Catching up with Malibu’s new sheriff’s liaison


Lt. Randall Dickey, who has replaced Gloria Gressman as Malibu’s sheriff’s liaison, talks about his 23-year career as a sheriff’s deputy, traffic issues in the city and family life.

By Stephen Dorman/Special to The Malibu Times

Malibu’s new sheriff’s liaison, Lt. Randall Dickey, has spent more than half his life in law enforcement. In that time he has served in a variety of distinct posts throughout Los Angeles County.

Dickey, 50, has worked as a patrolman in South Central Los Angeles, served eight years on S.W.A.T., trained with the Navy Seals during the 1984 Summer Olympics, coordinated tactical enforcement for county train lines and worked on the Marijuana Enforcement Team.

Now, Dickey is beginning the next phase of his career-day shift watch commander of the Lost Hills Sheriff’s Station and chief liaison for the city of Malibu.

Lt. Gloria Gressman previously held the title of Malibu liaison. She continues to work out of the Lost Hills headquarters, but will be retiring within the next several months.

“We basically work hand-in-hand with whatever law enforcement the city is requesting, serving as a face for the Sheriff’s Department,” Dickey said of the position of liaison. “I’m attending all of the city council and public safety meetings. Malibu is unique in that they request us to also be involved in their staff meetings, so I attend all of those meetings, too.”

Dickey said traffic has been of the utmost importance to local residents since he became watch commander 10 months ago.

“Traffic is our biggest concern,” he said. “Pacific Coast Highway is Malibu’s main thoroughfare, it’s their main street so anything that affects that thoroughfare is a concern to all of the residents here.”

He added that serious crimes are always an issue with the department, but that Malibu and its surrounding communities such as Calabasas, Westlake, Agoura and Hidden Hills, remain some of the safest places to live and work in the county.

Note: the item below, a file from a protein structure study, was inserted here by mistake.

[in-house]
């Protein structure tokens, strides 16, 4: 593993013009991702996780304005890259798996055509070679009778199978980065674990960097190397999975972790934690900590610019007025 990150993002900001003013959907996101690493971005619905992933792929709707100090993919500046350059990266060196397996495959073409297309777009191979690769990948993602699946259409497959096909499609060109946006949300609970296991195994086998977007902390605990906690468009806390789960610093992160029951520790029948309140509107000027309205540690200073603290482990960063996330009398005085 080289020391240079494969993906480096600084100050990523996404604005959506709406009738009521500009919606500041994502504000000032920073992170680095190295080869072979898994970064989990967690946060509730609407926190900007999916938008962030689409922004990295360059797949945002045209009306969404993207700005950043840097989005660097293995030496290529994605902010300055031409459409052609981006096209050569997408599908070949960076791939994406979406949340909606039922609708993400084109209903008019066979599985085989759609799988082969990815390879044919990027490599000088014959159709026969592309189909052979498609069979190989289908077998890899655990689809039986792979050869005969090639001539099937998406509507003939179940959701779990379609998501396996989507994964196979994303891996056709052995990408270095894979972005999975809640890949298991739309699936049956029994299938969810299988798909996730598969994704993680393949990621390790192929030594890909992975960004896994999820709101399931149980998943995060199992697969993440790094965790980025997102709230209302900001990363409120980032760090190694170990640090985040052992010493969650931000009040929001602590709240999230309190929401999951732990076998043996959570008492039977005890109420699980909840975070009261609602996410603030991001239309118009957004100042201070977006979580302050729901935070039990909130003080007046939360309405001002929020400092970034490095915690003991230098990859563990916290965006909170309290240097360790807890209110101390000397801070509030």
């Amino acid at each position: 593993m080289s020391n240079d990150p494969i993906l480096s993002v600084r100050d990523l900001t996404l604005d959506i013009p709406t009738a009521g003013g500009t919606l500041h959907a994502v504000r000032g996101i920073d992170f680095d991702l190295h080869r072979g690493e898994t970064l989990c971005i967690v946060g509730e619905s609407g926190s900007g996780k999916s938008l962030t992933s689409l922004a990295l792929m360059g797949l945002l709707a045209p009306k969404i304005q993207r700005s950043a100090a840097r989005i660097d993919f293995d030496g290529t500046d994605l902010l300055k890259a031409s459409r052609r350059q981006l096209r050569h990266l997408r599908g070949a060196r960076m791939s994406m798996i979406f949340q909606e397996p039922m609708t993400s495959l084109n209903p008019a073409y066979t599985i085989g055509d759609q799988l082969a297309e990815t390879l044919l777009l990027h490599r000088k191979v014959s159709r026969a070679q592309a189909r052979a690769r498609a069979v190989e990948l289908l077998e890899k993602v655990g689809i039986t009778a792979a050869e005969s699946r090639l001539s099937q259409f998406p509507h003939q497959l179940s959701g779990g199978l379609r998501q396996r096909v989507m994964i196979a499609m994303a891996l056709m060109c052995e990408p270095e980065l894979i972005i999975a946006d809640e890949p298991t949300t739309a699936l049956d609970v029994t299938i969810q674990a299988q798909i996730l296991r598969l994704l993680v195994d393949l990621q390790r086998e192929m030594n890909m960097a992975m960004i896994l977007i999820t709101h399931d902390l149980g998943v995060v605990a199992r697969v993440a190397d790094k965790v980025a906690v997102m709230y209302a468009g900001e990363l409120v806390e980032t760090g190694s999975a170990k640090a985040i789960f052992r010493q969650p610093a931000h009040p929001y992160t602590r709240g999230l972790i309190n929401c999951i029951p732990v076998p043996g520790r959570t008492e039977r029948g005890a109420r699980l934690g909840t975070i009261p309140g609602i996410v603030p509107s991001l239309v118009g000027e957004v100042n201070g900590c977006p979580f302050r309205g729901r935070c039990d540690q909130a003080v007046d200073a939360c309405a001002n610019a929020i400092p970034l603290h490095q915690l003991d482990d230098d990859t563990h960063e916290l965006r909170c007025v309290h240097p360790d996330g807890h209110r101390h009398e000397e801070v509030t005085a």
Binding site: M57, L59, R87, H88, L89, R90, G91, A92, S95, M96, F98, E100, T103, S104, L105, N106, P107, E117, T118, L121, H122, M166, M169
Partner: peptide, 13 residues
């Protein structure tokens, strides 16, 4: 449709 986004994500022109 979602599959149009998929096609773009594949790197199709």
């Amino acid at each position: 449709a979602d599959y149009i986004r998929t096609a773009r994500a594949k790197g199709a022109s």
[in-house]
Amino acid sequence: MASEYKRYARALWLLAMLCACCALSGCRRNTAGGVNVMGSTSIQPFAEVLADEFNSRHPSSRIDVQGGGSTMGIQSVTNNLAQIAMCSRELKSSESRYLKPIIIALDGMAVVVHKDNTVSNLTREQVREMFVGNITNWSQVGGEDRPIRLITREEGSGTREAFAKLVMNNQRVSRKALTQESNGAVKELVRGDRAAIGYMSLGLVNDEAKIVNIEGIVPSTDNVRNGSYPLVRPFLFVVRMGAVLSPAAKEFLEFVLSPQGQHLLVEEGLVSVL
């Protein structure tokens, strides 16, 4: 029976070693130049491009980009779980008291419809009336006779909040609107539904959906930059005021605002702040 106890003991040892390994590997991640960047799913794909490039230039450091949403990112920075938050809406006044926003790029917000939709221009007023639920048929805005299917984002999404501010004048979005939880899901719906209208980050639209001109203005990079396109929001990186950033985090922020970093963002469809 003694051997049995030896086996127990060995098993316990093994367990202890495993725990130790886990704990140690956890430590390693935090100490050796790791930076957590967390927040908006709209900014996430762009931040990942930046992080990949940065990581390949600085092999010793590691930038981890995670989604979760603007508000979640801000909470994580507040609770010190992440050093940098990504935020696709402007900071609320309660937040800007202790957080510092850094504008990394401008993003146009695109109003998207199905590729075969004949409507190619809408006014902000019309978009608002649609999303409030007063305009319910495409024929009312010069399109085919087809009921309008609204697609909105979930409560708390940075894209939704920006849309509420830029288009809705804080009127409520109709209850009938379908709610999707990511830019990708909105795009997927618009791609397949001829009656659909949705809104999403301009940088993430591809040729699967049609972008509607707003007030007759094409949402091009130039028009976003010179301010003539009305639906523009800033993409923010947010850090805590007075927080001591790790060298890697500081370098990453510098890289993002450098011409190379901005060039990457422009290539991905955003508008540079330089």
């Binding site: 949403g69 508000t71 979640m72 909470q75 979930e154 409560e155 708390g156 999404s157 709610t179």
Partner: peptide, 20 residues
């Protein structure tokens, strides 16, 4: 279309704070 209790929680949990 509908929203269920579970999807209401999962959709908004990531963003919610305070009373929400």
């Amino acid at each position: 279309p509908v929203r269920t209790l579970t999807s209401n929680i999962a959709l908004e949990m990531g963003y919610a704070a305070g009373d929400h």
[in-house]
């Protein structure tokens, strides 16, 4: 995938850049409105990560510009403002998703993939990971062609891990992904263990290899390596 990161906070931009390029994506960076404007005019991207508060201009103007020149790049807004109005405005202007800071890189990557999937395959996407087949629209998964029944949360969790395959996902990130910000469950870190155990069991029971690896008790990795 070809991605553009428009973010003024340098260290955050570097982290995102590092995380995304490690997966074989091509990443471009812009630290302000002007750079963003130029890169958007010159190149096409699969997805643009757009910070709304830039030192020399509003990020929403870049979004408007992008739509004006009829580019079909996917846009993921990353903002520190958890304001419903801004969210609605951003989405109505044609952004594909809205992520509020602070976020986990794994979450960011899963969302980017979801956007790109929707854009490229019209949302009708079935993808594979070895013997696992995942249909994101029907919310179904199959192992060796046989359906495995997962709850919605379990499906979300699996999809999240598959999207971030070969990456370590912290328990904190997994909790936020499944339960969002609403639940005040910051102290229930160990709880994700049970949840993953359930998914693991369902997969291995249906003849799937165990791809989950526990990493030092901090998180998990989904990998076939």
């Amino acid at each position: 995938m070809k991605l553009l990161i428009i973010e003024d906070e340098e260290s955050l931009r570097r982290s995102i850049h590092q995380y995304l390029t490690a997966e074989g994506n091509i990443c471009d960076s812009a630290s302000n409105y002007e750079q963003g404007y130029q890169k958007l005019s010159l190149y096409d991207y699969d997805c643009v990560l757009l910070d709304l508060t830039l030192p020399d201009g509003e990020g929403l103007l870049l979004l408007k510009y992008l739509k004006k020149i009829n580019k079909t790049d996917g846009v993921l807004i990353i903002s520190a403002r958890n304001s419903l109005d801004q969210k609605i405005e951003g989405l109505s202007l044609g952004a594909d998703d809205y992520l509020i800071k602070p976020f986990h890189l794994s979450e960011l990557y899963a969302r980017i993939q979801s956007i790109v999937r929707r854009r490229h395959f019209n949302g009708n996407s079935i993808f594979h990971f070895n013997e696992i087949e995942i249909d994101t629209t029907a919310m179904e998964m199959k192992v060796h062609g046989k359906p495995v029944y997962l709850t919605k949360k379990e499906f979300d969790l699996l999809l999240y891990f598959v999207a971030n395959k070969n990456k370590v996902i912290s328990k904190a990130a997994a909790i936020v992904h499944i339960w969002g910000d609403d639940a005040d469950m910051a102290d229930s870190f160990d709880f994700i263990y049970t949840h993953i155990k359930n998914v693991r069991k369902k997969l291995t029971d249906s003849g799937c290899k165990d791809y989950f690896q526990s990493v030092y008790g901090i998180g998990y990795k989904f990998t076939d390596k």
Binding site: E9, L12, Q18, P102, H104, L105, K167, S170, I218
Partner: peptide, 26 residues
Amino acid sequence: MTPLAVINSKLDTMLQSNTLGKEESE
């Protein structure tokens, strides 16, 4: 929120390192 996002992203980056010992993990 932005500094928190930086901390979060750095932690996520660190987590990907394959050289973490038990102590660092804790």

“It’s the lowest crime rate of most of the stations in the county of Los Angeles,” Dickey said. “It’s very few and far between-the violent crimes-not that they don’t occur, but it’s very infrequent.”

When he’s not at the office, Dickey enjoys traveling with his wife of 30 years, Matilda, and their two children Patrick and Gabrielle.

He met Matilda, who was born in Holland, while in 10th grade and the couple quickly became best friends. The two married in 1974. “Thirty years of marriage is unheard of in this profession,” Dickey said. “She’s the one that keeps me in check, keeps my feet on the ground. When I was working from seven in the morning to two in the morning while at narcotics, she was the one that kept the kids on the right path. My wife deserves all of the credit.”

Patrick, 25, recently graduated from the University of California Santa Barbara with a degree in classical history. He is currently attending graduate school with the hopes of one day working in Congress.

Gabrielle, 17, is a junior at Moorpark High School and works as a camp councilor for young children during the summer.

In addition to spending time with his family, Dickey enjoys maintaining peak physical fitness by lifting weights and practicing martial arts. “I’m a second-degree black belt, been doing it since I was about 16 years old,” he said. “I just do it for the fun and the exercise. It’s better exercise than always pushing iron all of the time.”